That said, the appointment system balances the supply of blood with the changing demand from patients. As of 12 October, seven blood donor centres had more than 50 available appointments for the rest of this week: Bradford, Bristol, Liverpool, Tooting and Westfield in London, Luton and Southampton.

There are 25 permanent blood donation venues and thousands of local venues in towns and cities across England.

The process from start to finish includes checking whether you can give blood, registering your interest, finding an appointment and following the 'preparing to give blood recommendations', before your appointment.

How much blood can you donate?

The average adult has roughly 10 pints of blood (around 8%) of your body weight. A blood donation uses around one pint.

Once you've reached the full 470ml donation at your appointment, this is when the needle will be removed and a sterile dressing will be put on your arm.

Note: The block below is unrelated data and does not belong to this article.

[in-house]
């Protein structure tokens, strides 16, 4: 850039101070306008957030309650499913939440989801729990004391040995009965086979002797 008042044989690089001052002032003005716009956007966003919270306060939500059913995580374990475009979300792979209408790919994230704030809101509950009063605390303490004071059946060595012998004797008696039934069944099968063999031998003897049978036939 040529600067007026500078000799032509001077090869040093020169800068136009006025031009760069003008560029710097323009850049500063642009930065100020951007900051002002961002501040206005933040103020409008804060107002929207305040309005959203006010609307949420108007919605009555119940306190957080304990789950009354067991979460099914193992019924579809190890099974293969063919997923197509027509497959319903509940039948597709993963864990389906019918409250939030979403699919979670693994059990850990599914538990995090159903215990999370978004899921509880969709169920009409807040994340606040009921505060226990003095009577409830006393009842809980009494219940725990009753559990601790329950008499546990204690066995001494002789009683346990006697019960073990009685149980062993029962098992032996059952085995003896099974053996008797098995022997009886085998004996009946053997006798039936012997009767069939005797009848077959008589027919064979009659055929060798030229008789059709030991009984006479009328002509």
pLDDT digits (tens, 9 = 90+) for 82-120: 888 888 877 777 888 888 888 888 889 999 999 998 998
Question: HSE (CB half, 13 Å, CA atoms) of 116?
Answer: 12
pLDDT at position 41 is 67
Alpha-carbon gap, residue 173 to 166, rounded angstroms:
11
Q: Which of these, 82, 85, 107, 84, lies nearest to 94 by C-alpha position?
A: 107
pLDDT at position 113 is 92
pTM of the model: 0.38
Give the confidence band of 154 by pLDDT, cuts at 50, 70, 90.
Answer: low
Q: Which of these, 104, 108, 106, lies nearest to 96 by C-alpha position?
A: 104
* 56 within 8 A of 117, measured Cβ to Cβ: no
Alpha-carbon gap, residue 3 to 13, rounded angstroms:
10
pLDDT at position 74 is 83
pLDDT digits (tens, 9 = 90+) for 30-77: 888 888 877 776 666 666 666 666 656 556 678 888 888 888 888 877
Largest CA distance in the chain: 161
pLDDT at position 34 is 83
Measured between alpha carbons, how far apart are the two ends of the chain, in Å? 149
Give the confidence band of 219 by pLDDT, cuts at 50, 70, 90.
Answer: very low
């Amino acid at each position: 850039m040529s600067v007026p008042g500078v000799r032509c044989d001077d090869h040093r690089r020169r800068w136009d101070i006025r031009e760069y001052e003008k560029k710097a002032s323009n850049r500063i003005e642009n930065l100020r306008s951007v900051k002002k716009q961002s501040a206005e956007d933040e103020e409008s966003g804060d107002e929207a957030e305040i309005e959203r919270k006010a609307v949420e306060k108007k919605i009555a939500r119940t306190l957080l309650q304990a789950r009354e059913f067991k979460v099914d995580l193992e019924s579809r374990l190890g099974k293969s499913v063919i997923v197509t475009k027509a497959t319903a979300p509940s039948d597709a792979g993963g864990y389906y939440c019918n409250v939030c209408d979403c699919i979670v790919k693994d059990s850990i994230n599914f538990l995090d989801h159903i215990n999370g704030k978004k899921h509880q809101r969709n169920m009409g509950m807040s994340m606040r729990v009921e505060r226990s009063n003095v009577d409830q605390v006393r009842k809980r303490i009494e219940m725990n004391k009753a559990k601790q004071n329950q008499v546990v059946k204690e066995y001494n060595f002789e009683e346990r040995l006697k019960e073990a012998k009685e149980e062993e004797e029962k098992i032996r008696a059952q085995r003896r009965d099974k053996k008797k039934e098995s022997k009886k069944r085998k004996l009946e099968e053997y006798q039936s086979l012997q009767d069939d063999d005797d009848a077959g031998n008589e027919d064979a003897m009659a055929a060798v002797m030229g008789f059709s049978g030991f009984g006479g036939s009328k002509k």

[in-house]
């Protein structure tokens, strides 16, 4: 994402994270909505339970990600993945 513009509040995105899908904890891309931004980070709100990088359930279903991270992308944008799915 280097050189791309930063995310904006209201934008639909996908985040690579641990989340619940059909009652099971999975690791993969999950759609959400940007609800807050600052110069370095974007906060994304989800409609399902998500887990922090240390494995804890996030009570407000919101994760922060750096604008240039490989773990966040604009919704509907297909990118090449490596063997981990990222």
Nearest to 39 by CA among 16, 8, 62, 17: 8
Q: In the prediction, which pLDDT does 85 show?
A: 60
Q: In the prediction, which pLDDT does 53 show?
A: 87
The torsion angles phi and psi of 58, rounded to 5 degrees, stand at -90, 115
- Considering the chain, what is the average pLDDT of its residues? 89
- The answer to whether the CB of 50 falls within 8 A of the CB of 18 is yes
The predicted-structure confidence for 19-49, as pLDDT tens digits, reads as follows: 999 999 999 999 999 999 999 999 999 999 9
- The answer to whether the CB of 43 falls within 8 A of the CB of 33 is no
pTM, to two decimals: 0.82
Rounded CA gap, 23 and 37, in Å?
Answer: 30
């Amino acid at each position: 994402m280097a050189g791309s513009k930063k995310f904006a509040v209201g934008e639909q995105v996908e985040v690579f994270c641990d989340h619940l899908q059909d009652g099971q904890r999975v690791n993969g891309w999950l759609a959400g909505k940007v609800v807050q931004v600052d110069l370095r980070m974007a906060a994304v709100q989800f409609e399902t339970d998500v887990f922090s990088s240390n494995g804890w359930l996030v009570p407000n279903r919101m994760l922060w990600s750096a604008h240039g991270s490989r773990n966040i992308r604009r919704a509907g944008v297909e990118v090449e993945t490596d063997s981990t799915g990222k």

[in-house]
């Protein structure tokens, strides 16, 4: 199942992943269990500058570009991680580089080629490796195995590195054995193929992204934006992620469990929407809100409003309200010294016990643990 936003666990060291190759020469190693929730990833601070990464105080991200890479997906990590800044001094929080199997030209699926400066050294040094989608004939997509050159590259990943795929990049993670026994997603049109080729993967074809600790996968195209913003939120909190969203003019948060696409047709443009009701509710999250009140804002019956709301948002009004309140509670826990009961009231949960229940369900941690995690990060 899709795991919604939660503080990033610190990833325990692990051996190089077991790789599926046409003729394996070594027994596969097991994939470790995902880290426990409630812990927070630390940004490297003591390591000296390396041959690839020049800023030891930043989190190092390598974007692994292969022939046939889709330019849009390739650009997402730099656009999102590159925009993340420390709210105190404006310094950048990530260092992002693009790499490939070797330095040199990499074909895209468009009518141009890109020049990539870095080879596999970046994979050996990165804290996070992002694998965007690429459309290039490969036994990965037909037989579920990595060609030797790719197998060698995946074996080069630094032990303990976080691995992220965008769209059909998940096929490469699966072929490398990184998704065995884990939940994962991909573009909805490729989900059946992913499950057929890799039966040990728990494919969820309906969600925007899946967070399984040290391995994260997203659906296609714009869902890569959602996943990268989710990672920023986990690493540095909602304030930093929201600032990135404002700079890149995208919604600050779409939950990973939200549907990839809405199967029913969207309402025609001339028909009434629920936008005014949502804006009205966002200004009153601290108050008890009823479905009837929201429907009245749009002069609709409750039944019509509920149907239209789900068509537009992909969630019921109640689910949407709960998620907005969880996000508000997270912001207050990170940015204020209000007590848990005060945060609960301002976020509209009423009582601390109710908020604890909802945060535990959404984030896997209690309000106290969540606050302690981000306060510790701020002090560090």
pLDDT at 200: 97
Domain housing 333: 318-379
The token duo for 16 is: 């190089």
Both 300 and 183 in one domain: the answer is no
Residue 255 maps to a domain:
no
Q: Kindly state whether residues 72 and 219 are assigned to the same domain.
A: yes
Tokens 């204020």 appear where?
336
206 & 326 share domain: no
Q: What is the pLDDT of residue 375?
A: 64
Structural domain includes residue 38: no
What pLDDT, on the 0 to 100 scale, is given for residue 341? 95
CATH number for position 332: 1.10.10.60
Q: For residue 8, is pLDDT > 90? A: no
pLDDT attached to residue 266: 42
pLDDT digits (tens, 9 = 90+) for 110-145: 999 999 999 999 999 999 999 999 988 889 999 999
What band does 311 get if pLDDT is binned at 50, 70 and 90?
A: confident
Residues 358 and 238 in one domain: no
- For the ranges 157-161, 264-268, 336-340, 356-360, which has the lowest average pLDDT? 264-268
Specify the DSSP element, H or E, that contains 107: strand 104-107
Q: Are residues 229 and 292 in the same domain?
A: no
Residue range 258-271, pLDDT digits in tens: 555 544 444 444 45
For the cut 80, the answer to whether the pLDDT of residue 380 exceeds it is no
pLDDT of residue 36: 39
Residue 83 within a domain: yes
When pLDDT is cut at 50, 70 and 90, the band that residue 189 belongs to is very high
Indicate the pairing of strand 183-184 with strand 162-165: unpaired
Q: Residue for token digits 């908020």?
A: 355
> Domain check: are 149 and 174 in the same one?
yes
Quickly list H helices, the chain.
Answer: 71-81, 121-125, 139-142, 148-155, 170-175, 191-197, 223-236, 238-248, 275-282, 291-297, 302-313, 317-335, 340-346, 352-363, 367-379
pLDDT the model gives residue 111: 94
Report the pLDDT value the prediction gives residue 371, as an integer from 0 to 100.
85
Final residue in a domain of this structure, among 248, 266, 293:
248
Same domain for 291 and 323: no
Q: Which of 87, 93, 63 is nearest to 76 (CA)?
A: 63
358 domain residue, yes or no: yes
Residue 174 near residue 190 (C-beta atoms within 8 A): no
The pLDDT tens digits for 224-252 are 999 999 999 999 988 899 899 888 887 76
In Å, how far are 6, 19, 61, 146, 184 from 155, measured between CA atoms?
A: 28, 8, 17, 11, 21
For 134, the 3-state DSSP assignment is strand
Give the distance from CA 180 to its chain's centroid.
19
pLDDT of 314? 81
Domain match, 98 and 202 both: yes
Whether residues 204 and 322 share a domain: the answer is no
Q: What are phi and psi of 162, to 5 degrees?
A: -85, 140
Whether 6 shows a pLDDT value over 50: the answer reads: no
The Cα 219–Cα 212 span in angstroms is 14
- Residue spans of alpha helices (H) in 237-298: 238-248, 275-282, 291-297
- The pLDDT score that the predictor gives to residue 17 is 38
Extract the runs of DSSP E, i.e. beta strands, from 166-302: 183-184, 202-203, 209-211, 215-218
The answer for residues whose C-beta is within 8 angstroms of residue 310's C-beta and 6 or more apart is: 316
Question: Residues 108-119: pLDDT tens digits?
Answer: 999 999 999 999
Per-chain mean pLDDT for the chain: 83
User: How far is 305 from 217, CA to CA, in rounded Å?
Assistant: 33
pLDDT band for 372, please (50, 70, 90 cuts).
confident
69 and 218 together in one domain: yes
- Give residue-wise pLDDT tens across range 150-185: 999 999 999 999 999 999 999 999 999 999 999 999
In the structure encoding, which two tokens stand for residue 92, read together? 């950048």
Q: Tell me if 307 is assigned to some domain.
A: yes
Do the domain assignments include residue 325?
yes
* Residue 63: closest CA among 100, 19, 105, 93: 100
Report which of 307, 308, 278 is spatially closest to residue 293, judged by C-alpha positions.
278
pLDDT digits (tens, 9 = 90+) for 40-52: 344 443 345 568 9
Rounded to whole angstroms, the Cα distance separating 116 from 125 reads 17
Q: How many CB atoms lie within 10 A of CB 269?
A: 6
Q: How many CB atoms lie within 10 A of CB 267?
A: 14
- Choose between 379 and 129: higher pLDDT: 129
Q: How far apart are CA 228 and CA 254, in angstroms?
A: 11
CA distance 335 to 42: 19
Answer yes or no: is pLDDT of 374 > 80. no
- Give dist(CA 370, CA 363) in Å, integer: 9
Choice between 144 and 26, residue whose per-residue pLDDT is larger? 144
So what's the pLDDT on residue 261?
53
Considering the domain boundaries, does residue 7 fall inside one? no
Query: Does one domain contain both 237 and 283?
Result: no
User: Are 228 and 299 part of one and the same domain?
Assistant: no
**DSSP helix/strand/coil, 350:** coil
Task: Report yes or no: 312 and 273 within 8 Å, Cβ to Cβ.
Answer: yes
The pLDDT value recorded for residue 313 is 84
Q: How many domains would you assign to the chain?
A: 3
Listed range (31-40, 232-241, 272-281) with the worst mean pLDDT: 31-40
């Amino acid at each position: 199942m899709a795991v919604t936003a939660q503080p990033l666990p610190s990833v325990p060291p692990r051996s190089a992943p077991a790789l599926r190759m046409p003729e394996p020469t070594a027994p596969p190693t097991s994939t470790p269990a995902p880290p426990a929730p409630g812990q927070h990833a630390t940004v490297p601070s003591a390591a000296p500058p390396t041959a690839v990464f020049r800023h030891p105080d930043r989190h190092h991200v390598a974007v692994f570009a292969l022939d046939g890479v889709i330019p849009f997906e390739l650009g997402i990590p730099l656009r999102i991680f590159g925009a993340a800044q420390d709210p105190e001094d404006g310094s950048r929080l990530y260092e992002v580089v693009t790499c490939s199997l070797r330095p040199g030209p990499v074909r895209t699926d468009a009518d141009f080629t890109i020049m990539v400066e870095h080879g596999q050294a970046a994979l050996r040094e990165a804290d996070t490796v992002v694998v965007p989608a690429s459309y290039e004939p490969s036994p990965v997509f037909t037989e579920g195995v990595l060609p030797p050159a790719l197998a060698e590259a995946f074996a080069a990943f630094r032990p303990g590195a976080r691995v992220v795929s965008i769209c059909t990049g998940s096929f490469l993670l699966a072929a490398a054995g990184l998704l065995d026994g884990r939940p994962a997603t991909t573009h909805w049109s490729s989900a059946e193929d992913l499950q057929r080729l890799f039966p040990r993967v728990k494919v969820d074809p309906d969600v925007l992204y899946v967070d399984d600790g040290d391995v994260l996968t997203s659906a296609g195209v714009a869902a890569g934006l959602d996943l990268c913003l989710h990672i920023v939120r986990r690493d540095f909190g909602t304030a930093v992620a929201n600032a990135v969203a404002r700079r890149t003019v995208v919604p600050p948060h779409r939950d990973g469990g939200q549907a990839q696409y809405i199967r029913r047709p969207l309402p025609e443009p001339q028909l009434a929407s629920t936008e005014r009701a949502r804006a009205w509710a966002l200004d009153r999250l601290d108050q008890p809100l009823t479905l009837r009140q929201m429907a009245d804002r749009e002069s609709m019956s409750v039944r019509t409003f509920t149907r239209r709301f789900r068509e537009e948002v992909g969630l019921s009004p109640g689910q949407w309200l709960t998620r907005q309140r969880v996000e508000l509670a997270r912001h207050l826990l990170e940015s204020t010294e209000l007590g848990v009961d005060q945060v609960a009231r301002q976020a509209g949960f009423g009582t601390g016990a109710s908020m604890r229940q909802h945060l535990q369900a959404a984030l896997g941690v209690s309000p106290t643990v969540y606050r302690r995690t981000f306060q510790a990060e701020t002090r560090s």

When you give blood you lose red cells, but your body is able to replace all the cells and fluids that have been lost. Amazingly, your body can make around two million red cells every second, which means it only takes a few weeks to build up stores again.

Meanwhile, your levels of white cells and platelets (other stem cells) go back to normal after just a few days.

How often can you donate blood?

Male donors have to wait a minimum of 12 weeks between blood donations and female donors 16 weeks to allow for all the red cells to replenish. However, you can conveniently schedule your next appointment for when you'll be ready using the online appointment system.